It’s been a while since a movie so fully pleased both my eyes and mind. Visually beautiful movies at this level are few and far between. The last one that stands out in hindsight was Avatar, which blew other effects-heavy movies out of the water. Avatar gave us a world all its own, and did so with the highest of technology; movies with similar dependence on effects, such as last year’s John Carter, gave us a world that felt like nothing more than a computer-generated movie with incredible lack of detail or creative flourishes. That being said, no one accused Avatar of being a smart movie. Pocahontas in Space, people said, or Dances with Aliens. Those were fair enough comparisons, though I was more than happy with Avatar’s story, because James Cameron and his cast and crew made the best version of Pocahontas ever. Cameron’s movie didn’t have any ideas, but it didn’t need any; Avatar got by on pure exhilaration.
Life of Pi doesn’t suffer from a lack of ideas. You could make the argument that Life of Pi has too many ideas. Originally I was turned off by the fact that Pi, the story’s main character, is a universalist. He takes ideas from many different religions and accepts them all as true. No joke- he calls himself a Hindu, a Muslim, and a Catholic, and all in the same scene. I struggled with this at first, but eventually I got over it. Don’t get me wrong; I’m very against universalism. I believe there is absolute truth, and it’s not possible for more than one religion to be true, because they fundamentally contradict each other. So if the movie itself espoused universalism, that would have been a problem for me. And on the surface, the movie appears to agree with Pi, but after further consideration, I’m not so sure the movie is sure what or who it agrees with.
You know from the trailer that the movie is about an Indian boy named Pi on a lifeboat with a tiger. The movie is divided into three sections: Pi’s life before the lifeboat, the lifeboat, and Pi’s life much later after the lifeboat. Director Ang Lee has structured the movie within flashbacks. The older version of Pi, played by Irrfan Khan (whom you might know as a corrupt cop from Slumdog Millionaire), is telling the story of the tiger to a writer (Rafe Spall). The writer has been told that Pi’s story will make him believe in God. He is, of course, skeptical of this. The writer, not God.
Pi’s story begins in India when he was just a child. Pi was a curious boy; the movie follows him as he begins acquiring different religions. There’s a telling scene around a dinner table where his father chastises him for his acceptance of too many theologies. The father isn’t cruel about it, though, just firm. He doesn’t see the logic behind polytheism, or indeed religion in general. Pi’s mother is more encouraging; she wants him to find his way. His father owns a zoo, but eventually the city does not have enough money to support the zoo. His father tells the family they have to move.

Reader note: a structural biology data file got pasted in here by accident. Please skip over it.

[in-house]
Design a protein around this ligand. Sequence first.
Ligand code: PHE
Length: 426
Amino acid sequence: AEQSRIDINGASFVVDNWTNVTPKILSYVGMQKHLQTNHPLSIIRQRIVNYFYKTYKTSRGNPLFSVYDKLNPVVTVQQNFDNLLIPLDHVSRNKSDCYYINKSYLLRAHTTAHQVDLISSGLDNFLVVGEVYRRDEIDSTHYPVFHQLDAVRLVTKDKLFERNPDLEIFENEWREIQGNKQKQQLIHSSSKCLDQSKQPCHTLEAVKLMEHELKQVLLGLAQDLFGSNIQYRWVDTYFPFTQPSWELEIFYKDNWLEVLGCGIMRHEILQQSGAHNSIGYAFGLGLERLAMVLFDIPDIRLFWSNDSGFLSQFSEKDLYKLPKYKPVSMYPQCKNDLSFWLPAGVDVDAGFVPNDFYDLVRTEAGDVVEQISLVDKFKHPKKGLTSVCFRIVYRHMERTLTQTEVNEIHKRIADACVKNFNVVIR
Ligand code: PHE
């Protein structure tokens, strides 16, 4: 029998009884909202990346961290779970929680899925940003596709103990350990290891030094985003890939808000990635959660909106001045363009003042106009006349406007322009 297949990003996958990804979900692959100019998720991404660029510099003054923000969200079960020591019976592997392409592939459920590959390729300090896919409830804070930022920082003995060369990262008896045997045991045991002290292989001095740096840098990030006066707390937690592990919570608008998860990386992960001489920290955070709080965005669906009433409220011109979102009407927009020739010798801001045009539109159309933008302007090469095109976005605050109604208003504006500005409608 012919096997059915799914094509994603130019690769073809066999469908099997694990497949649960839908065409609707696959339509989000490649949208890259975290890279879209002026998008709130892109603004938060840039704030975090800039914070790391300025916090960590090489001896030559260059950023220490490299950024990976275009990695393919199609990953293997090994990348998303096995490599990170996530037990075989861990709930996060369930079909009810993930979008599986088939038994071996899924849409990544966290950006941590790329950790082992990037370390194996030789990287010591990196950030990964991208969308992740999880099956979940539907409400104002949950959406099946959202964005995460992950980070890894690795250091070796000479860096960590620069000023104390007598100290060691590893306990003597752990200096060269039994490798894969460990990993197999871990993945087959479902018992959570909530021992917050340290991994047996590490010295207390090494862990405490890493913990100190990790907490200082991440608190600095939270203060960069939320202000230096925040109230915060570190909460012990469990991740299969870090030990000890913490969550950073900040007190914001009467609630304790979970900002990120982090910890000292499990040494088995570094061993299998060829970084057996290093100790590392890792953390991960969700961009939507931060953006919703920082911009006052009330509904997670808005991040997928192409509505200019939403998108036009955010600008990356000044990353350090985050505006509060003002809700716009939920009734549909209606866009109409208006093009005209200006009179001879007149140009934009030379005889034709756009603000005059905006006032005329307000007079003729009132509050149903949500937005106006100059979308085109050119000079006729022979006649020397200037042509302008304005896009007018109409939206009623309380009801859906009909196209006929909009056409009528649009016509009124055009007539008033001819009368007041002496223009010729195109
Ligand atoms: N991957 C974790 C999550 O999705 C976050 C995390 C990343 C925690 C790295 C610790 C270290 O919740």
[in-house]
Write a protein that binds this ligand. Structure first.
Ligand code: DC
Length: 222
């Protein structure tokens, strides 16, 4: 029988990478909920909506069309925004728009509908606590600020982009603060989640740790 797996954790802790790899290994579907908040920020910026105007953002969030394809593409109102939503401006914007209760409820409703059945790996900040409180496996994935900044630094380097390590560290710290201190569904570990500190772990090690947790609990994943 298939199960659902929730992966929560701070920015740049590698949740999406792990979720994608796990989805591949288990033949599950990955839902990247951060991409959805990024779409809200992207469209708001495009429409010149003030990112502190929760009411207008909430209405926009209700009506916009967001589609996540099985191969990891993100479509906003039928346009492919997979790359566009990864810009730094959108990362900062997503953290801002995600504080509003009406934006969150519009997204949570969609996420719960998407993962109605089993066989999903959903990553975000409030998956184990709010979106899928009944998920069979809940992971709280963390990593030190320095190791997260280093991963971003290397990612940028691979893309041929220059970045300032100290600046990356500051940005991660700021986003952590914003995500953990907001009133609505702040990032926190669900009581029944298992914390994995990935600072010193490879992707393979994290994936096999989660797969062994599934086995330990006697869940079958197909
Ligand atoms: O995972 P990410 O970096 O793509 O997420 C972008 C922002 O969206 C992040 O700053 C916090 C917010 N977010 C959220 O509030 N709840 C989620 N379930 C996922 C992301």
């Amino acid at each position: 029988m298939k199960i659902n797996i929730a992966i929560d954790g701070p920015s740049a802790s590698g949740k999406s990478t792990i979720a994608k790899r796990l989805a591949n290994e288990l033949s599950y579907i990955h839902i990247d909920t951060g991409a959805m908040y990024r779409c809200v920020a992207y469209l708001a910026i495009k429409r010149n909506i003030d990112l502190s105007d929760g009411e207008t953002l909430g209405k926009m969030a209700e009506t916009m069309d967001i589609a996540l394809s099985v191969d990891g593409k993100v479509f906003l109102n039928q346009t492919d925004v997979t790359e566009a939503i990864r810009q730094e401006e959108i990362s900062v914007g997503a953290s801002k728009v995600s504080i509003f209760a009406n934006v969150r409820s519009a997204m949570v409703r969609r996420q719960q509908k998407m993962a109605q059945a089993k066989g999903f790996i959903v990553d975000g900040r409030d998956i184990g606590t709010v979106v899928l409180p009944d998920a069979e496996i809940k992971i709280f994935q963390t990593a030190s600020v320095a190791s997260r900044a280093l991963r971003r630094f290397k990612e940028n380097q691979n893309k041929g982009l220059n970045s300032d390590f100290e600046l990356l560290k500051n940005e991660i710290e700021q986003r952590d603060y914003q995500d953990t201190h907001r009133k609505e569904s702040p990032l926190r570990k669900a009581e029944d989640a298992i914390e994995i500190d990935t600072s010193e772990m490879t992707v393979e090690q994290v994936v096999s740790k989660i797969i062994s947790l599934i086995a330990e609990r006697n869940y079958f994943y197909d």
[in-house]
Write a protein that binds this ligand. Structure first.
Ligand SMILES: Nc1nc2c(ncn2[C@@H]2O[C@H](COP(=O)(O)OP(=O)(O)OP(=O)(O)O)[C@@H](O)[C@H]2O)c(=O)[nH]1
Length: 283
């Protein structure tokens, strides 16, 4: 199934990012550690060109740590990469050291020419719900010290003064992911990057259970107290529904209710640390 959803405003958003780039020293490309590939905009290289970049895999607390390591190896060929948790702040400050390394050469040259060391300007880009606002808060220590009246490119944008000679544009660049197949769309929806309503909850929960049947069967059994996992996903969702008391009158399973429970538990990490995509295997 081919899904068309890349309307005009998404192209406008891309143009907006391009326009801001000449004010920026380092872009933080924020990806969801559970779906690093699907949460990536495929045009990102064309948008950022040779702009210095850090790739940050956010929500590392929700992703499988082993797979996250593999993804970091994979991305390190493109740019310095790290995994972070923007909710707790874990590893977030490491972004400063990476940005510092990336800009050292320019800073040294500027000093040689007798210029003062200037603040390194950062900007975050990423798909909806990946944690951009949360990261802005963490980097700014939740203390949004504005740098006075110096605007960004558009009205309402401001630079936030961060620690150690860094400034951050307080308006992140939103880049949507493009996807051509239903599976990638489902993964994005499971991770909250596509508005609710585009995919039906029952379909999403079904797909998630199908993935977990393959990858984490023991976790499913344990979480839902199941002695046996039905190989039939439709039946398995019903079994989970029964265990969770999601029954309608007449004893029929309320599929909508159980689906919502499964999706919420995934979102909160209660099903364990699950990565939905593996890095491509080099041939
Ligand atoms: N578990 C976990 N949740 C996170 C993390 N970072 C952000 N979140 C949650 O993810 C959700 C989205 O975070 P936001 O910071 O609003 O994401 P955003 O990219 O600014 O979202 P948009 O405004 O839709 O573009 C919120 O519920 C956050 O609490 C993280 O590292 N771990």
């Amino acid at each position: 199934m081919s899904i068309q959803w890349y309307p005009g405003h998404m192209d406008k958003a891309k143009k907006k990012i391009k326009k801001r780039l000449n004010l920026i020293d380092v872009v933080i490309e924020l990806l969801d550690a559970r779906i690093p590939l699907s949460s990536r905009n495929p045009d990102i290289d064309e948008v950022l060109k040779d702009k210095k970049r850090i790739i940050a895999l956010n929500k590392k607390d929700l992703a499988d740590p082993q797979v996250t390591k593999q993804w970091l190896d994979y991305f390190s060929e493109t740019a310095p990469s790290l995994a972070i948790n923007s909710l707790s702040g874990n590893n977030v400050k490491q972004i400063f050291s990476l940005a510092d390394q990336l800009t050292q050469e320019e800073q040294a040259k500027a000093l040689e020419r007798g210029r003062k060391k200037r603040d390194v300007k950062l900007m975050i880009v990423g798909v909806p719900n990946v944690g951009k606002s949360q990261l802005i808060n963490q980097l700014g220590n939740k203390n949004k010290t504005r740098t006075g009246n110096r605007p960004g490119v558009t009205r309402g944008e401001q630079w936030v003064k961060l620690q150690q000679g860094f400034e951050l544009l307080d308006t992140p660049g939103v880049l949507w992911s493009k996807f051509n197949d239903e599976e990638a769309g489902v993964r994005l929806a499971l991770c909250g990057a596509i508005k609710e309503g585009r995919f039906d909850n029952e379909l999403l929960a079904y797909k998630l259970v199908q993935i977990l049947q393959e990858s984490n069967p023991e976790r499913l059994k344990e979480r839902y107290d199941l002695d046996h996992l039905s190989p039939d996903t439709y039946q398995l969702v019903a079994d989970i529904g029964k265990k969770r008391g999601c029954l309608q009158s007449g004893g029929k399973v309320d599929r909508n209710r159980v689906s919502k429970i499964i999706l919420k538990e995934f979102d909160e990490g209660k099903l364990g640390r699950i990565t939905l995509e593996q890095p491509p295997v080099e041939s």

This is how they end up on a ship to Canada with all of the zoo’s animals. By this time, Pi is played by the earnest Suraj Sharma, who is the Pi we spend the most time with. I won’t spoil how he ends up on the lifeboat with the tiger, who is named Richard Parker (I also won’t spoil how the tiger gets that name). Suffice it to say that Pi ends up on a lifeboat with a tiger named Richard Parker in a harrowing scene akin to the plane crash scene in Flight. The majority of the rest of the movie is a struggle for survival and coexistence between Pi and the tiger. Lee tells this story through incredibly stunning visual sequences that look like no other movie.
Some have called the novel unfilmable, and it does seem like a movie about a boy and a tiger on a boat would be unwatchable. Filming on water must be every director’s worst nightmare, not to mention the fact that there’s a tiger on that water. But if it was a chore, it doesn’t show. Lee has effortlessly interwoven the beautiful visuals with provocative ideas about nature and God. He does this through the push and pull between Pi and Richard Parker. At some point, they come to depend on one another. To Pi, Richard Parker becomes his only friend. At one point, he has an opportunity to kill the tiger, but chooses not to. Given the choice, wouldn’t Richard Parker go with the kill? At first, Pi is sure of he would. Near the end of the movie, Pi is maybe not so sure, and neither are we. Pi comes face to face more than once with death in the form of the tiger, and he has to quickly come to terms with the complexities of man’s relationship with nature.
The writer was told this story would make him believe in God. If this was a true story, I would probably agree, especially during the part where Pi and the tiger come upon a fantastical island. Creation is far too surprising and dynamic to be constrained to the limits of science. I wonder at one of the older Pi’s final lines: “And so it is with God.” Maybe someone can elucidate that for me. The older Pi still believes in multiple religions; this beautiful movie implies that his experience was a confirmation that there is a higher being. The movie also implies that nature laughs at our attempts to explain it in our own way. Universalism might sound good, but if I’m ever stuck on a boat with a tiger, things are going to seem pretty absolute.